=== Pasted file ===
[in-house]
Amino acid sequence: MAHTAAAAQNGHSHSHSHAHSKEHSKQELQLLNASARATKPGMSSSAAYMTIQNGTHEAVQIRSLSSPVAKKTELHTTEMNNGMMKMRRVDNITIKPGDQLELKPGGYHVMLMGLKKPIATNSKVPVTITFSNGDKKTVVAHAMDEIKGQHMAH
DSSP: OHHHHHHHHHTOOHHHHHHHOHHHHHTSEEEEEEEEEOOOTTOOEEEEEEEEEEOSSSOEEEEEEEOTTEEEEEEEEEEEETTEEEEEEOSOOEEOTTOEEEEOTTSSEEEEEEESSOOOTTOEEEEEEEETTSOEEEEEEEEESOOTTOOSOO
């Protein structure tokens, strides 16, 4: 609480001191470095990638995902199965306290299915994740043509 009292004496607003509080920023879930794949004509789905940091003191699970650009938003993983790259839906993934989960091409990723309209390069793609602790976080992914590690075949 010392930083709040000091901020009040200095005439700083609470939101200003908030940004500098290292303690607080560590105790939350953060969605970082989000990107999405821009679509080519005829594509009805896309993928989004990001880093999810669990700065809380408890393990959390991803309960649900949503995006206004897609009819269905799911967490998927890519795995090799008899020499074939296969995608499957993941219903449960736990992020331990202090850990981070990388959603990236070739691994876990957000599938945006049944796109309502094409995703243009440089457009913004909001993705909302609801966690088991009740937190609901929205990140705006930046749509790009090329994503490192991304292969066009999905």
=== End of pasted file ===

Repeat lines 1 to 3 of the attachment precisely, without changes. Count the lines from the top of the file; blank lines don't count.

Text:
[in-house]
Amino acid sequence: MAHTAAAAQNGHSHSHSHAHSKEHSKQELQLLNASARATKPGMSSSAAYMTIQNGTHEAVQIRSLSSPVAKKTELHTTEMNNGMMKMRRVDNITIKPGDQLELKPGGYHVMLMGLKKPIATNSKVPVTITFSNGDKKTVVAHAMDEIKGQHMAH
DSSP: OHHHHHHHHHTOOHHHHHHHOHHHHHTSEEEEEEEEEOOOTTOOEEEEEEEEEEOSSSOEEEEEEEOTTEEEEEEEEEEEETTEEEEEEOSOOEEOTTOEEEEOTTSSEEEEEEESSOOOTTOEEEEEEEETTSOEEEEEEEEESOOTTOOSOO